Estonia might be the most web-savvy place in the world. They even cast their votes in national elections online. So it's of interest to people who value the utility and security of web applications everywhere that Estonia seems to be the first place singled out for massive targeted cyber-warfare attacks. Denial of service attacks on their government bureaus, banks, and even their news outlets have slowed their web traffic to a snail's pace.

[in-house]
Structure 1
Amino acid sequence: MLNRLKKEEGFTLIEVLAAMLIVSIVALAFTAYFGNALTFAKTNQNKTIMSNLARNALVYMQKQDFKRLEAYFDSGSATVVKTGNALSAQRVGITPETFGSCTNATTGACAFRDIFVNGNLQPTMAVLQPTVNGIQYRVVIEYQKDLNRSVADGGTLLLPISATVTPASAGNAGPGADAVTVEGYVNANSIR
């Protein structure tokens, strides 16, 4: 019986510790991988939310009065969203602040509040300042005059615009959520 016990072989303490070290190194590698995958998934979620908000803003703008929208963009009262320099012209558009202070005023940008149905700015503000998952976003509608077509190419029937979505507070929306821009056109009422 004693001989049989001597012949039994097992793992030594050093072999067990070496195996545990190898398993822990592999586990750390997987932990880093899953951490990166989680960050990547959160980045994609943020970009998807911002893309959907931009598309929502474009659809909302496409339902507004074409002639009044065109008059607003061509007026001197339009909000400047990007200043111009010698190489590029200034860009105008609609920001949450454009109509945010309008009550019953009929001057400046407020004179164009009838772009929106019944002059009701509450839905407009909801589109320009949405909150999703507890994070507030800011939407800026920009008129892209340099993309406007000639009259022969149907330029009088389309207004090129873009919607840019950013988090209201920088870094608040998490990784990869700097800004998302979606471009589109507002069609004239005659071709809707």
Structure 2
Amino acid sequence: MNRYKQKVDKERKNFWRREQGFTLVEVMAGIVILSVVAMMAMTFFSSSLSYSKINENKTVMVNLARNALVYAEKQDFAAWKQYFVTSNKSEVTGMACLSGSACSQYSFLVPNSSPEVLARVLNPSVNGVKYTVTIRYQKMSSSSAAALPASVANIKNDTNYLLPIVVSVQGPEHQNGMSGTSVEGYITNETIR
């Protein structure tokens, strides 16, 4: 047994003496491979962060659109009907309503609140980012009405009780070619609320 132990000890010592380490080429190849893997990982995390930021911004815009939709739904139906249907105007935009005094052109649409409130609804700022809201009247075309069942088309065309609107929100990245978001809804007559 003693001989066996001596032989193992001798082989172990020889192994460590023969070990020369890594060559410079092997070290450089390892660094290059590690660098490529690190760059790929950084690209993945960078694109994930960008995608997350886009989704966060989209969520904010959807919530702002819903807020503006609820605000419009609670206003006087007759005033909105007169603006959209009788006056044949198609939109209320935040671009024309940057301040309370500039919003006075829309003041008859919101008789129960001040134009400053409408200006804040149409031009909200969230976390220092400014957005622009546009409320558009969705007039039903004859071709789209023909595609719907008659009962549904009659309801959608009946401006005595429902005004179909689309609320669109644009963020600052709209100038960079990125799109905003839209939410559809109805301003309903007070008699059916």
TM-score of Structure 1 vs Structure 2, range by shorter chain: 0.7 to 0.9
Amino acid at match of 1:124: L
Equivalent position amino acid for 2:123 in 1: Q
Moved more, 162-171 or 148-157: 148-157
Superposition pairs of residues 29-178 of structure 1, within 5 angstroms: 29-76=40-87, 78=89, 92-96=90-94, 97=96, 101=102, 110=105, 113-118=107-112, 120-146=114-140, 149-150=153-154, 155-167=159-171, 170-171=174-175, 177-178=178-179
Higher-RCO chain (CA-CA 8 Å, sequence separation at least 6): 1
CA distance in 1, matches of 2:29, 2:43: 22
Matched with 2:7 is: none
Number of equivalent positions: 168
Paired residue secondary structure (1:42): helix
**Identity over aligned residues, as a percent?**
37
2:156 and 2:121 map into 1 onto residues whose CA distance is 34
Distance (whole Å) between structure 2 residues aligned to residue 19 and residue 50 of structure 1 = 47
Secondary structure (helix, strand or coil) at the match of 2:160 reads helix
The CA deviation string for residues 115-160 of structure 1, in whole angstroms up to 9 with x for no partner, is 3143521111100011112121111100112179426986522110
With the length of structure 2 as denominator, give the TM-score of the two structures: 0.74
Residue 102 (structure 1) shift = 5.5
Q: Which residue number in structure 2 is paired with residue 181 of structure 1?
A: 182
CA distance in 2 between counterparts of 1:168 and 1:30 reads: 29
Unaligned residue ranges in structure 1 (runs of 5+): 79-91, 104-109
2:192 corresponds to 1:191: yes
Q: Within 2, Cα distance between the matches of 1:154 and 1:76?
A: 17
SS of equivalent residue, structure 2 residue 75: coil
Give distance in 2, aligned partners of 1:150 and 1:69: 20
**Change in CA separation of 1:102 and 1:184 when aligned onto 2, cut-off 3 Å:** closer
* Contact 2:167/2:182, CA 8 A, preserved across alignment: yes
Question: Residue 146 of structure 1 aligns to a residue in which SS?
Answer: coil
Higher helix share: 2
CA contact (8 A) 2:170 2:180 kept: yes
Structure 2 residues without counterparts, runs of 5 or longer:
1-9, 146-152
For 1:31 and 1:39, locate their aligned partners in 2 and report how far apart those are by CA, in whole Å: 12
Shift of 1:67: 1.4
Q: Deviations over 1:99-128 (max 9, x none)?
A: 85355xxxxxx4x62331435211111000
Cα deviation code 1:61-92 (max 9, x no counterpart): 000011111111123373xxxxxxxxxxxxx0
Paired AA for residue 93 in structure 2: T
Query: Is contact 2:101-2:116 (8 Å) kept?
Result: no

The Estonia case also shows how easy it is to cause massive panic on a shoestring budget. All you need to deploy a cyberattack is some malicious software, a bunch of zombie computers distributed around the world, and an Internet connection. Sure, you may need to pay for a "professional-grade" botnet—a network of computers that have been surreptitiously infected to run nefarious software. But surely that costs orders of magnitude less than the price of heavy artillery, battleships, and nuclear submarines.
Imagine all the Spam you see every day in your inbox turned into a weapon of mass destruction. Estonia doesn't have to imagine it anymore.